The greener revolution

Location: Seven project areas in Jharkhand, West Bengal and Rajasthan (India), Chitwan (Central Nepal Region), and Chittagong Hill Tracts (Bangladesh)

Aim of program: To improve production and market access for small-scale farmers in marginalized areas by following agroecological principles and diversifying production and nutrition over the long term

Food shortages in the 1960s led the governments of India and neighboring countries to introduce ‘Green Revolution’ techniques. The rampant use of chemical fertilizers had major consequences on productivity, including a dramatic decrease in soil quality and fertilizer efficiency, erosion of water aquifers, and pest infestations in crops. Small-scale farmers owning less than a hectare of land each were hit hardest by the fallout of the Green Revolution.

Farmers quickly found that they were unable to pay for expensive seeds and fertilizers, leading them to sell off or lease out land to large-scale commercial farmers. Bhoomika’s Sustainable Integrated Farming Systems (SIFS) are one potential way to alleviate the negative effects of the Green Revolution. The system encourages small-scale farmers all over India to contribute their knowledge of indigenous farming practices to a centralized system and communicate the challenges they faced as a result of the revolution.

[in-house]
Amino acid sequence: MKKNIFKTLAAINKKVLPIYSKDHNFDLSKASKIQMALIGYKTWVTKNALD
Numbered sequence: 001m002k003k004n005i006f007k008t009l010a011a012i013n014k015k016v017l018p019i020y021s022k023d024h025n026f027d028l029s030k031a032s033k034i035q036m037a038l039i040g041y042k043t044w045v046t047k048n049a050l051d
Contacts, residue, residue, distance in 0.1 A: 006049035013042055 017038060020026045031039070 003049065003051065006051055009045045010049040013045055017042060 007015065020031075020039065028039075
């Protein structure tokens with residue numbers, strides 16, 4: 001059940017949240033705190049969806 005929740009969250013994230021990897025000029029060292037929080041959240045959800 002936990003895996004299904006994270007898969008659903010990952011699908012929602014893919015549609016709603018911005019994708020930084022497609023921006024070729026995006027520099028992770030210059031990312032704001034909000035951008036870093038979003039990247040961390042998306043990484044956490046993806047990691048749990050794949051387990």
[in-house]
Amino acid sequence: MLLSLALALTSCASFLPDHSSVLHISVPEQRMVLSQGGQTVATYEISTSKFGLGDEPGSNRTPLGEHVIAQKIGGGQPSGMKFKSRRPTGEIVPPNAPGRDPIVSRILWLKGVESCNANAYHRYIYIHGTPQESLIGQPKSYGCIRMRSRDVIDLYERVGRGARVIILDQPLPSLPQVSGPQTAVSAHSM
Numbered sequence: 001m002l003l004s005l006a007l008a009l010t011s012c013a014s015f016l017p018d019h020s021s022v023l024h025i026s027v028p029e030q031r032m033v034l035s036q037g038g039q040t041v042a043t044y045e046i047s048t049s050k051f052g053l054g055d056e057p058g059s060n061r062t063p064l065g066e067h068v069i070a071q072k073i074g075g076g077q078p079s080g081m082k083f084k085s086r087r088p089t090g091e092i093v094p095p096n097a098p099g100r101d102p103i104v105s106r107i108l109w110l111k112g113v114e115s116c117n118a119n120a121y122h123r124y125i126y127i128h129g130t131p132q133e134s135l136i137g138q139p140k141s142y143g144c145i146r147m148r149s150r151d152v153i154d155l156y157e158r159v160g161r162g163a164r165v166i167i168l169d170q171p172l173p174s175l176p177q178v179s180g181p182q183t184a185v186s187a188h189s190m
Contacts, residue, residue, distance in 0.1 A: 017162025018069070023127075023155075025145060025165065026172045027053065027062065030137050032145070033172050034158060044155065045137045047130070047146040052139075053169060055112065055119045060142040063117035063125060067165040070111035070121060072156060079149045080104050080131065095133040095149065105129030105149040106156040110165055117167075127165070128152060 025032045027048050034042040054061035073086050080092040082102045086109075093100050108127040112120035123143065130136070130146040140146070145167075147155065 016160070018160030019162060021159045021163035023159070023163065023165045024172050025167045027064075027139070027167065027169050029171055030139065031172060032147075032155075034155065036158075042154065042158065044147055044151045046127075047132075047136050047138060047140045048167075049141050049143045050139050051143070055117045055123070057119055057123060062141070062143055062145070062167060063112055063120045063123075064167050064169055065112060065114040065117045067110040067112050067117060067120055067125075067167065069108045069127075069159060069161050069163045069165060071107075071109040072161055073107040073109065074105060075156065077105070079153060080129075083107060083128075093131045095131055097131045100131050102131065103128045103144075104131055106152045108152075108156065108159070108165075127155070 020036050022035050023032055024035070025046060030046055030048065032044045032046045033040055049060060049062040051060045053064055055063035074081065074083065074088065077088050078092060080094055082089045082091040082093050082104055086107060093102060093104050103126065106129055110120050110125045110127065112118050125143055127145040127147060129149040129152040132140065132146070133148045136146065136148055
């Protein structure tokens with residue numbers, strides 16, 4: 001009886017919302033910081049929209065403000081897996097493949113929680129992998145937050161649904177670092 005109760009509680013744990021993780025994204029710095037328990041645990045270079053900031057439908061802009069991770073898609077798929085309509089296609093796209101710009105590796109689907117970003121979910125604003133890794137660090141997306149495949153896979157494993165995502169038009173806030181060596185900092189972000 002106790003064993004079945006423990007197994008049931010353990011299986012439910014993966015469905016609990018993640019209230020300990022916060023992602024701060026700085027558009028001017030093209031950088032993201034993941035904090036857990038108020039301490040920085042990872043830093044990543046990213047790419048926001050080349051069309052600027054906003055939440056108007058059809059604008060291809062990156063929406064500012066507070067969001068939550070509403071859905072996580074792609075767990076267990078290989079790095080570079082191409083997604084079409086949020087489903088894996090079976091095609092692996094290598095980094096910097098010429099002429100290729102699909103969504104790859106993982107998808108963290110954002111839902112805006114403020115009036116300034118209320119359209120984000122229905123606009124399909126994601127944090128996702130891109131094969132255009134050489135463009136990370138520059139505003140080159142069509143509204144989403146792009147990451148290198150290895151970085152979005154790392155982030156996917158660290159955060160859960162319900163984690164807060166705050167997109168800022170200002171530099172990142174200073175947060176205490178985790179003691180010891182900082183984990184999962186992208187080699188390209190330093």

Sustainable Integrated Farming System: Strategy




Crop diversification


Society and Culture


Women are rarely acknowledged for their contributions to the male-centric farming sector in India – individuals like Sonja Devi are changing this mindset through the adoption of agroecological farming methods. At Bhoomika’s Farmer Field School, she was taught energy-efficient farming methods


Farmers use indigenous farm practices to find effective local solutions and increase social cohesion through sharing knowledge with fellow farmers


Bhoomika supports small holder farmers in capacity building, designing organic farming systems based on available resources and a combination of techniques (soil water conservation, cropping sequence management etc.) and facilitating market access. Farmers start cooperatives to process, certify, market and distribute their produce together through common facility centres (CFC). Bhoomika empowers farmers, brings all stakeholders together and thus promotes clean, green and fair farming. Join India’s small holder farmers sustainable food movement, participate in our events, volunteer at our street vendors and learn more about Bhoomika’s sustainable and fair value chains.


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